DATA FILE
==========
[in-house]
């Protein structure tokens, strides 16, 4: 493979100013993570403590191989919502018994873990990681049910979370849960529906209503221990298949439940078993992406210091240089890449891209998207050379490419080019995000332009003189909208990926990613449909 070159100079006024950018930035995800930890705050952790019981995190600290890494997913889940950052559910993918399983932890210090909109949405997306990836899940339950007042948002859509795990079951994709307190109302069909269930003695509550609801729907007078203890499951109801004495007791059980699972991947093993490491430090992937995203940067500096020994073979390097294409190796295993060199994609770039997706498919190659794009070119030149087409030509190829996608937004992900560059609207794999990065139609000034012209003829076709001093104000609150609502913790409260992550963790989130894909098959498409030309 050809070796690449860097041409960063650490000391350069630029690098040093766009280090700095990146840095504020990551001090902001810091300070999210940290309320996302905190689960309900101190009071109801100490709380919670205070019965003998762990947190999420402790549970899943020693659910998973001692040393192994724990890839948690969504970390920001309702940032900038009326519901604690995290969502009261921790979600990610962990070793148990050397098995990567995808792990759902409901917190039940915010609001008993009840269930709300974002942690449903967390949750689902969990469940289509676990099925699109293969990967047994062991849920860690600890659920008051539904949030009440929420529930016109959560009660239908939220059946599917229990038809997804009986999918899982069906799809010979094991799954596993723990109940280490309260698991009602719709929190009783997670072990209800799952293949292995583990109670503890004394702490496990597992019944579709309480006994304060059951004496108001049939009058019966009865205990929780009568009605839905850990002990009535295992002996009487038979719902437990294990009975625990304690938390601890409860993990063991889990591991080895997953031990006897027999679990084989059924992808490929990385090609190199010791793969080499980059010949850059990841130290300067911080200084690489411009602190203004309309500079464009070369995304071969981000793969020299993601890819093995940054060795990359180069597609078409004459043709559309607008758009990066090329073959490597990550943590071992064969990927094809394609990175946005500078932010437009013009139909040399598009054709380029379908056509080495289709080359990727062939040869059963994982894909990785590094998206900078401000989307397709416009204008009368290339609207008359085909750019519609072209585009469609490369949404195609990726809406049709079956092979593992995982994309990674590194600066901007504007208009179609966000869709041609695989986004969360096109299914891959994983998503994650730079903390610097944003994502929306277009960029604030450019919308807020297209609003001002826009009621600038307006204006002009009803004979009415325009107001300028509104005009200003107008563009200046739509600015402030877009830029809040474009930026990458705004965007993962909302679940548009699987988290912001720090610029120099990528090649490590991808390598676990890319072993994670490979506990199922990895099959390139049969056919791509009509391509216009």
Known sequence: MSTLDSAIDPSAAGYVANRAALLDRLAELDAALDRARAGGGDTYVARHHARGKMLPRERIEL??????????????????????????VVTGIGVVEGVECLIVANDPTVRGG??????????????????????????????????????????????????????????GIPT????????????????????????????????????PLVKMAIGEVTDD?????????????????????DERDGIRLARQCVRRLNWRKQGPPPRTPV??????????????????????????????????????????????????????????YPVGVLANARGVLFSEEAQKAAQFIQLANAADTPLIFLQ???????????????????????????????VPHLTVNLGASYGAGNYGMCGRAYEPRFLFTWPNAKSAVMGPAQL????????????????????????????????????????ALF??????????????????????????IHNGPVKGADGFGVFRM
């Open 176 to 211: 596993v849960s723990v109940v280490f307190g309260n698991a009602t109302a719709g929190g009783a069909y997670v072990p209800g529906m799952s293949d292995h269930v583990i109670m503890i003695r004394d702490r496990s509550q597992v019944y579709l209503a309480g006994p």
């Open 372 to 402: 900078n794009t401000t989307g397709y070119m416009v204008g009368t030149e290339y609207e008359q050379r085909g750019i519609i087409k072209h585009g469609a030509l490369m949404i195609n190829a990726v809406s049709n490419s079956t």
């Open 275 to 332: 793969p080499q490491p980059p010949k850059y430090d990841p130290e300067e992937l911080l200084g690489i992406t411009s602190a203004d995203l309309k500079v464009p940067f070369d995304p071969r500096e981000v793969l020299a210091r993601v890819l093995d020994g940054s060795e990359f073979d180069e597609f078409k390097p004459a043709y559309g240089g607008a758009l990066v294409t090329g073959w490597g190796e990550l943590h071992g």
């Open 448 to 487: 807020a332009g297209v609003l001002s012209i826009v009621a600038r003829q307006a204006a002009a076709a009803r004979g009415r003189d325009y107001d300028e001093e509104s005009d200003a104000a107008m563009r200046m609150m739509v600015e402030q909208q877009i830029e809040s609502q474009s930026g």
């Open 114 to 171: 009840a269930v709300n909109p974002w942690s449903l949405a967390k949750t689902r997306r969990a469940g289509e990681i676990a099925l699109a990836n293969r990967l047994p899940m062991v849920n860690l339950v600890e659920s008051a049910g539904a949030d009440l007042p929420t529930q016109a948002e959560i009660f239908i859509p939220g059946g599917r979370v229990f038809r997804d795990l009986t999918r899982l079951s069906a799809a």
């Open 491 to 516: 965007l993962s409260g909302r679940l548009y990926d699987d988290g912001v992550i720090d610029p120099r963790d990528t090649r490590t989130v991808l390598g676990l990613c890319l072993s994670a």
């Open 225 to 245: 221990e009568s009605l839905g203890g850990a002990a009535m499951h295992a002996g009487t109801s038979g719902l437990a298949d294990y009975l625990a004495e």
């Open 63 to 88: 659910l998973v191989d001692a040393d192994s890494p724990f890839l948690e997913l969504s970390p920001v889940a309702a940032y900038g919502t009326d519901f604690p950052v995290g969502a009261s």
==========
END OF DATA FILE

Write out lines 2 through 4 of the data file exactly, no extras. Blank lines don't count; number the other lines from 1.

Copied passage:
């Protein structure tokens, strides 16, 4: 493979100013993570403590191989919502018994873990990681049910979370849960529906209503221990298949439940078993992406210091240089890449891209998207050379490419080019995000332009003189909208990926990613449909 070159100079006024950018930035995800930890705050952790019981995190600290890494997913889940950052559910993918399983932890210090909109949405997306990836899940339950007042948002859509795990079951994709307190109302069909269930003695509550609801729907007078203890499951109801004495007791059980699972991947093993490491430090992937995203940067500096020994073979390097294409190796295993060199994609770039997706498919190659794009070119030149087409030509190829996608937004992900560059609207794999990065139609000034012209003829076709001093104000609150609502913790409260992550963790989130894909098959498409030309 050809070796690449860097041409960063650490000391350069630029690098040093766009280090700095990146840095504020990551001090902001810091300070999210940290309320996302905190689960309900101190009071109801100490709380919670205070019965003998762990947190999420402790549970899943020693659910998973001692040393192994724990890839948690969504970390920001309702940032900038009326519901604690995290969502009261921790979600990610962990070793148990050397098995990567995808792990759902409901917190039940915010609001008993009840269930709300974002942690449903967390949750689902969990469940289509676990099925699109293969990967047994062991849920860690600890659920008051539904949030009440929420529930016109959560009660239908939220059946599917229990038809997804009986999918899982069906799809010979094991799954596993723990109940280490309260698991009602719709929190009783997670072990209800799952293949292995583990109670503890004394702490496990597992019944579709309480006994304060059951004496108001049939009058019966009865205990929780009568009605839905850990002990009535295992002996009487038979719902437990294990009975625990304690938390601890409860993990063991889990591991080895997953031990006897027999679990084989059924992808490929990385090609190199010791793969080499980059010949850059990841130290300067911080200084690489411009602190203004309309500079464009070369995304071969981000793969020299993601890819093995940054060795990359180069597609078409004459043709559309607008758009990066090329073959490597990550943590071992064969990927094809394609990175946005500078932010437009013009139909040399598009054709380029379908056509080495289709080359990727062939040869059963994982894909990785590094998206900078401000989307397709416009204008009368290339609207008359085909750019519609072209585009469609490369949404195609990726809406049709079956092979593992995982994309990674590194600066901007504007208009179609966000869709041609695989986004969360096109299914891959994983998503994650730079903390610097944003994502929306277009960029604030450019919308807020297209609003001002826009009621600038307006204006002009009803004979009415325009107001300028509104005009200003107008563009200046739509600015402030877009830029809040474009930026990458705004965007993962909302679940548009699987988290912001720090610029120099990528090649490590991808390598676990890319072993994670490979506990199922990895099959390139049969056919791509009509391509216009």
Known sequence: MSTLDSAIDPSAAGYVANRAALLDRLAELDAALDRARAGGGDTYVARHHARGKMLPRERIEL??????????????????????????VVTGIGVVEGVECLIVANDPTVRGG??????????????????????????????????????????????????????????GIPT????????????????????????????????????PLVKMAIGEVTDD?????????????????????DERDGIRLARQCVRRLNWRKQGPPPRTPV??????????????????????????????????????????????????????????YPVGVLANARGVLFSEEAQKAAQFIQLANAADTPLIFLQ???????????????????????????????VPHLTVNLGASYGAGNYGMCGRAYEPRFLFTWPNAKSAVMGPAQL????????????????????????????????????????ALF??????????????????????????IHNGPVKGADGFGVFRM
């Open 176 to 211: 596993v849960s723990v109940v280490f307190g309260n698991a009602t109302a719709g929190g009783a069909y997670v072990p209800g529906m799952s293949d292995h269930v583990i109670m503890i003695r004394d702490r496990s509550q597992v019944y579709l209503a309480g006994p």